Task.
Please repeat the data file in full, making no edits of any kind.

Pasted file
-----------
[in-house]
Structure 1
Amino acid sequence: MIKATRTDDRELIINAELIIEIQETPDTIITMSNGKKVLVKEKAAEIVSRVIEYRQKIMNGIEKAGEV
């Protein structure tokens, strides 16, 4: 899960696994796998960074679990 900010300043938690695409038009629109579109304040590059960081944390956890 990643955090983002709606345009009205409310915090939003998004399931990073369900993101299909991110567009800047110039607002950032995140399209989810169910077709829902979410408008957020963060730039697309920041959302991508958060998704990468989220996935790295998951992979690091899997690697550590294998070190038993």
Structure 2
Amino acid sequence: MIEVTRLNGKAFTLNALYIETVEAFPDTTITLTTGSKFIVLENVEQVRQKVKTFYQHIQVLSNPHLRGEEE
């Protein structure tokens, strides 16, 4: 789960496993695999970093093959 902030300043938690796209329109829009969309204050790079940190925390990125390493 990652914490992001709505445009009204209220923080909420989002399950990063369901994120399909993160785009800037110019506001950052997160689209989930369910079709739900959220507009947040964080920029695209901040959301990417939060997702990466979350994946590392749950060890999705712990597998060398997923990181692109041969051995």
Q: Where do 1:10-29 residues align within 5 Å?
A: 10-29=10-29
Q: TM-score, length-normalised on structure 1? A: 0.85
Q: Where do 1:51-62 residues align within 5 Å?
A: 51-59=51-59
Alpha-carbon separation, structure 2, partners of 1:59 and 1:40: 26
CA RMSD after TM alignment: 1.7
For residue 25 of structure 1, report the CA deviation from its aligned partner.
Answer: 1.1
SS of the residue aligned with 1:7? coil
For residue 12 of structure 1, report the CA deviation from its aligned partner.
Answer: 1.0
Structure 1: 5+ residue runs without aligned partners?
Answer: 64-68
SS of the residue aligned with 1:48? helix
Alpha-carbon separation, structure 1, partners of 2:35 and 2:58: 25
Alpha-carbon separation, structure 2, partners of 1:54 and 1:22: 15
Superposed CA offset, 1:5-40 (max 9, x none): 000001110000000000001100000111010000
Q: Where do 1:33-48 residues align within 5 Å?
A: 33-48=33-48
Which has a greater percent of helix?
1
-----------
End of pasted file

[in-house]
Structure 1
Amino acid sequence: MIKATRTDDRELIINAELIIEIQETPDTIITMSNGKKVLVKEKAAEIVSRVIEYRQKIMNGIEKAGEV
């Protein structure tokens, strides 16, 4: 899960696994796998960074679990 900010300043938690695409038009629109579109304040590059960081944390956890 990643955090983002709606345009009205409310915090939003998004399931990073369900993101299909991110567009800047110039607002950032995140399209989810169910077709829902979410408008957020963060730039697309920041959302991508958060998704990468989220996935790295998951992979690091899997690697550590294998070190038993």
Structure 2
Amino acid sequence: MIEVTRLNGKAFTLNALYIETVEAFPDTTITLTTGSKFIVLENVEQVRQKVKTFYQHIQVLSNPHLRGEEE
């Protein structure tokens, strides 16, 4: 789960496993695999970093093959 902030300043938690796209329109829009969309204050790079940190925390990125390493 990652914490992001709505445009009204209220923080909420989002399950990063369901994120399909993160785009800037110019506001950052997160689209989930369910079709739900959220507009947040964080920029695209901040959301990417939060997702990466979350994946590392749950060890999705712990597998060398997923990181692109041969051995």
Q: Where do 1:10-29 residues align within 5 Å?
A: 10-29=10-29
Q: TM-score, length-normalised on structure 1? A: 0.85
Q: Where do 1:51-62 residues align within 5 Å?
A: 51-59=51-59
Alpha-carbon separation, structure 2, partners of 1:59 and 1:40: 26
CA RMSD after TM alignment: 1.7
For residue 25 of structure 1, report the CA deviation from its aligned partner.
Answer: 1.1
SS of the residue aligned with 1:7? coil
For residue 12 of structure 1, report the CA deviation from its aligned partner.
Answer: 1.0
Structure 1: 5+ residue runs without aligned partners?
Answer: 64-68
SS of the residue aligned with 1:48? helix
Alpha-carbon separation, structure 1, partners of 2:35 and 2:58: 25
Alpha-carbon separation, structure 2, partners of 1:54 and 1:22: 15
Superposed CA offset, 1:5-40 (max 9, x none): 000001110000000000001100000111010000
Q: Where do 1:33-48 residues align within 5 Å?
A: 33-48=33-48
Which has a greater percent of helix?
1